Looking at these landscapes, you’d never believe that they were underwater. The incredible fishtanks are entries from the obscure Japanese-based International Aquatic Plants Layout Contest, the largest of its kind. Tiny worlds are meticulously assembled over the course of months or even years. This is not a cheap hobby; fragile aquascaping layouts like these are expensive to grow and maintain.
Considering how grandiose these tanks are, it’s no surprise to learn that the fish are not the primary concern. They aren’t included in many aquariums, although you can spot some of them in these photographs.
Competitors need to be skilled in more than just aqua construction to do well. They need to be experts in areas including biology, design, and photography. The best fishtanks are a combination of complex landscape arrangements and healthy yet unusual-looking greens. These aquatic layouts are escapist, in a way. For a moment, we forget what we’re looking at and that it’s underwater. Instead, its unusual miniature features make us feel like we’re an omnipotent giant that could destroy these worlds at any time. (Via 22 Words)
In a rather intense bit of wordplay, artist Vik Muniz (whose fantastic illusory work has previously featured several times here) has teamed up with Marcelo Coelho to create intricate and near-impossibly detailed sandcastles. Taking a single grain of scan, the duo has spent four years perfecting a process of microscopically etching fortress-like castles into single grains of sand. Each piece of sand measures less than one half of a single millimeter are created using an incredibly focused ion beam (FIB – typically used to create microchips) and documented with a scanning electron microscope, later enlarged to show the incredibly fine detail of the the project.
Muniz explains why the duo uses sand, as opposed to post-photographic editing (such as photoshop), “When someone tells you it’s a grain of sand, there’s a moment where your reality falls apart and you have to reconstruct it. You have to step back and ask what the image is and what it means.’” Adds Coelho, “I think photography is just re-starting. There’s a whole new kind of photography emerging now. A lot of it is happening because of this combination between computers and cameras, and story telling and narratives can emerge as a result.”
Decadent desserts are paired with sexy legs in Argentinian-based artist Camila Valdez’s series of life and table-sized sculptures. The faceless beings are placed in public and are posed on benches, seen exiting restaurants, and enjoying a picnic in the park. Despite the fact they can’t convey emotion through eyes or a mouth, Valdez has made their legs expressive. They are straight and together if trying to look pensive, or partially open as if trying to suggest something else.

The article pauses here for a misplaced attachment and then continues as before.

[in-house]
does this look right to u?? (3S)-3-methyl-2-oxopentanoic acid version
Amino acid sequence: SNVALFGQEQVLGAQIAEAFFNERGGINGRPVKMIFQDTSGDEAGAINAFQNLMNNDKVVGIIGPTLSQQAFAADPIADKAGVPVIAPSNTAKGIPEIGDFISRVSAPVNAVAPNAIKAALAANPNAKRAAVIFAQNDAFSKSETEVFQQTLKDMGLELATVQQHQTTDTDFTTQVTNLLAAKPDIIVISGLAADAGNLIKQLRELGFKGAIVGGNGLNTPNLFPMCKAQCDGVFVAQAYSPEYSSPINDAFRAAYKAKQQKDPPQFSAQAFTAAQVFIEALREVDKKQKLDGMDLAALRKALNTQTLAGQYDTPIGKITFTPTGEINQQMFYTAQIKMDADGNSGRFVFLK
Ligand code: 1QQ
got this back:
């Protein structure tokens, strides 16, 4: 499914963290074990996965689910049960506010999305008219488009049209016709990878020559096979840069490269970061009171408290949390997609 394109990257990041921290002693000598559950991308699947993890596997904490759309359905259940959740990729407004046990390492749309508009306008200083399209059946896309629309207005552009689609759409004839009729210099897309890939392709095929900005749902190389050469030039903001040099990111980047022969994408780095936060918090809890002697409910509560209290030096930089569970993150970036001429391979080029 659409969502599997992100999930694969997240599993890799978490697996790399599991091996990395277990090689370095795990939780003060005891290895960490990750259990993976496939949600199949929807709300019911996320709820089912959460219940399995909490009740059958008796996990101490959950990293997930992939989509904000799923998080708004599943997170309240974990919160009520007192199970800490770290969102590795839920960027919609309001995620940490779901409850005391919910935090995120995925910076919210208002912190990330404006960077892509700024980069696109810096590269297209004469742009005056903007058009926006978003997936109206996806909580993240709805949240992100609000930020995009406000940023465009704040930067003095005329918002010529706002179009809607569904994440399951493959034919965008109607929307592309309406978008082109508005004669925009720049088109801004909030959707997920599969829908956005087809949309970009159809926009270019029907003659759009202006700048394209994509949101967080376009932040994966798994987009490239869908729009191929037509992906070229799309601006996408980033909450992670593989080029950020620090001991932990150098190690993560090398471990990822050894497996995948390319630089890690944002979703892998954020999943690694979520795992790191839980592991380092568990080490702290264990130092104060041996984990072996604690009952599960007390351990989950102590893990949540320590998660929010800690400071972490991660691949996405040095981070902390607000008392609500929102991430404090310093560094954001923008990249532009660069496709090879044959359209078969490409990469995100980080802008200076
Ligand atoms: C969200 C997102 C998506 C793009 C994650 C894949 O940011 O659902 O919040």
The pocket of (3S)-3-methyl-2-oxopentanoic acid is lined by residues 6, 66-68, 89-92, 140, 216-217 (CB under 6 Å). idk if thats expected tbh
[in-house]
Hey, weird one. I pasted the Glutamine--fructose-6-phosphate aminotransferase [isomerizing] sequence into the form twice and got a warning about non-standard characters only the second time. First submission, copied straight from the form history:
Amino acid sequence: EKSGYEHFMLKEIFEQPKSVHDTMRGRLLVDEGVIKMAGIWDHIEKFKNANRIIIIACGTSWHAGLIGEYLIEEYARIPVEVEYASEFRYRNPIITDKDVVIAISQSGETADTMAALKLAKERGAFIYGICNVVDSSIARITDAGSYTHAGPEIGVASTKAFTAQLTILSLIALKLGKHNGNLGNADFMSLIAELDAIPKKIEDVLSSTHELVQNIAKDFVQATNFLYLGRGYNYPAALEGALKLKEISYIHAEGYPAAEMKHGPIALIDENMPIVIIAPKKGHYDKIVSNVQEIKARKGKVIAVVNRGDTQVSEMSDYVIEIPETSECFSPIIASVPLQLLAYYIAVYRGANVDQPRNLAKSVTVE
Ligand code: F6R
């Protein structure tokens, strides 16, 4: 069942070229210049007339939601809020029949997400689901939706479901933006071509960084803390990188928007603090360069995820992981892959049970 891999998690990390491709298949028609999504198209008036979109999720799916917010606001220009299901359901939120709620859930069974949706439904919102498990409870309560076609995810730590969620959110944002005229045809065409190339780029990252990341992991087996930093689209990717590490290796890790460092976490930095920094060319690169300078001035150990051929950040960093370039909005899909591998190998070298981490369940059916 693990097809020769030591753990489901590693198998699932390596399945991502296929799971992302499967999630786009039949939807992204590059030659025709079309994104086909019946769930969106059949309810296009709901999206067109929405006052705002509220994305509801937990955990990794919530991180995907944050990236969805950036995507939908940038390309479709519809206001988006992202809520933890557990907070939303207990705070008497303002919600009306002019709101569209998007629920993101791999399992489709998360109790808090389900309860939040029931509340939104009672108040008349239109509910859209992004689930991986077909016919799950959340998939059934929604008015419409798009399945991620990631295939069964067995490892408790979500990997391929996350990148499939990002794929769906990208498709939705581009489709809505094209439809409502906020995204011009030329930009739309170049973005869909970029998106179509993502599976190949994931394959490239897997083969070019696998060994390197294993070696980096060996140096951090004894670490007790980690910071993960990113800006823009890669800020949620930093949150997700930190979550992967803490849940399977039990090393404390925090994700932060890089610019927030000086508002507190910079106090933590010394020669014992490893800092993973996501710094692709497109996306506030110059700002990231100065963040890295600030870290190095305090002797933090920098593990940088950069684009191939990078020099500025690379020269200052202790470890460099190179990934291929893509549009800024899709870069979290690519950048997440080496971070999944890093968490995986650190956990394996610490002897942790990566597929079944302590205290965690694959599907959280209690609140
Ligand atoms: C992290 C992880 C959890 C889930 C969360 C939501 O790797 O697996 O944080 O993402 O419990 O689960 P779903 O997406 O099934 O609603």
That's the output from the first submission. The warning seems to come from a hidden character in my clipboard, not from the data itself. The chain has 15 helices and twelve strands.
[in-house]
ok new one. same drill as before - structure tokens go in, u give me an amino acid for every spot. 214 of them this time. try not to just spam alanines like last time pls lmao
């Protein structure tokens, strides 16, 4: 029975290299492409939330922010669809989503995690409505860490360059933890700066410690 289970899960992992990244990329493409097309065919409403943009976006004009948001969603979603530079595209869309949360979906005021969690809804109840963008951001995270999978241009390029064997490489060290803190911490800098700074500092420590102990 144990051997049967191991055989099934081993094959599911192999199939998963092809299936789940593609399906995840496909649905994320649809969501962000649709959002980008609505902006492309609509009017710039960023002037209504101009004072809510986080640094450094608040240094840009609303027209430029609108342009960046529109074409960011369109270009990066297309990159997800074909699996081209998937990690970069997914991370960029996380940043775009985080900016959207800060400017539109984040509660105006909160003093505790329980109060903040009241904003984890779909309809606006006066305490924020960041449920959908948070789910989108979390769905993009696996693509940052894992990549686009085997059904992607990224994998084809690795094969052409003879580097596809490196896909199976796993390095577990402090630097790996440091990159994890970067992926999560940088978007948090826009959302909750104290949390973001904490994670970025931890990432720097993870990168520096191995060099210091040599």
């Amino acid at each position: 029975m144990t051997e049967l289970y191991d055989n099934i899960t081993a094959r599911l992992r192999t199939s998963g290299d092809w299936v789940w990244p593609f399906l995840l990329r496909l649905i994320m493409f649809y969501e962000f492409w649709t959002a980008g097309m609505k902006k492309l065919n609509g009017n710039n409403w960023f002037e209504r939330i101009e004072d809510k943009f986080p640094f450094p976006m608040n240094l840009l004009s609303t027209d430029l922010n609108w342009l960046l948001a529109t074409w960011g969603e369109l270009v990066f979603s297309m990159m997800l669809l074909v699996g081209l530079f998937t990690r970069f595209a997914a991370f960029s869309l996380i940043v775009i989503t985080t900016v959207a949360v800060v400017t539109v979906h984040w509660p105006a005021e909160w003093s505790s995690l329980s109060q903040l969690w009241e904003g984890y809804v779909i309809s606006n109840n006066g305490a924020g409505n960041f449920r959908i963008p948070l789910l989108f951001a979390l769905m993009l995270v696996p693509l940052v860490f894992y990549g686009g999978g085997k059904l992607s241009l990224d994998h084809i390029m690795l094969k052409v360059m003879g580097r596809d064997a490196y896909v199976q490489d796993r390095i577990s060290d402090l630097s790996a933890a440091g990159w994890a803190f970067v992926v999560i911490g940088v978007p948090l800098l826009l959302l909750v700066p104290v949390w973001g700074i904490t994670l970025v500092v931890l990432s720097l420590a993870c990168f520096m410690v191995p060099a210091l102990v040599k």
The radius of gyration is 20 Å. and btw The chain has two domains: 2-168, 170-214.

This series literally objectifies women and compares them to a sugary treat that will rot your treat and should be enjoyed only every-so-often. At the same time, they reference outdated objects from the middle of the 20th century, where legs were attached to things like lamps (as seen in the film A Christmas Story). Valdez pokes fun at this absurd and fantastical objectification of the population. (Via HiFructose)
Artist Thomas Doyle’s work is done in a miniature scale, at the size of a model train set or smaller. Taking pieces from these types of sets, he alters them as dark depictions of suburban life. We see natural disasters literally tear homes in two and sometimes turn them topsy-turvy. The scenes are set up as a story with the characters trying to make sense of it all. They are kept under a glass shell and feel like they are suspended in time as if they are in a snow globe.
The scale provides a weird feeling that we’re omnipotent and could crush them like a bug. Doyle notes this in his statement about the work, adding:
Conversely, the private intensity of moments rendered in such a small scale draws the viewer in, allowing for the intimacy one might feel peering into a museum display case or dollhouse. Though surrounded by chaos, hazard, and longing, the figures’ faces betray little emotion, inviting viewers to lose themselves in these crucibles—and in the jumble of feelings and memories they elicit.
We feel a connection to Doyle’s figures, which is a testament to his ability to tell a story. You walk away from this work wanting to know more about these tiny lives. (Via Fast Company)
Yang Maoyuan is a Beijing, China-based multidisciplinary artist noted for his shaping and misshaping of the human form. Born in Dalian, China in 1966, the artist has been witness to one of the most massive cultural shifts ever to occur in human history, so it is not surprising that historical relics and remnants, loaded with archaeological connotations, become source material for Yang.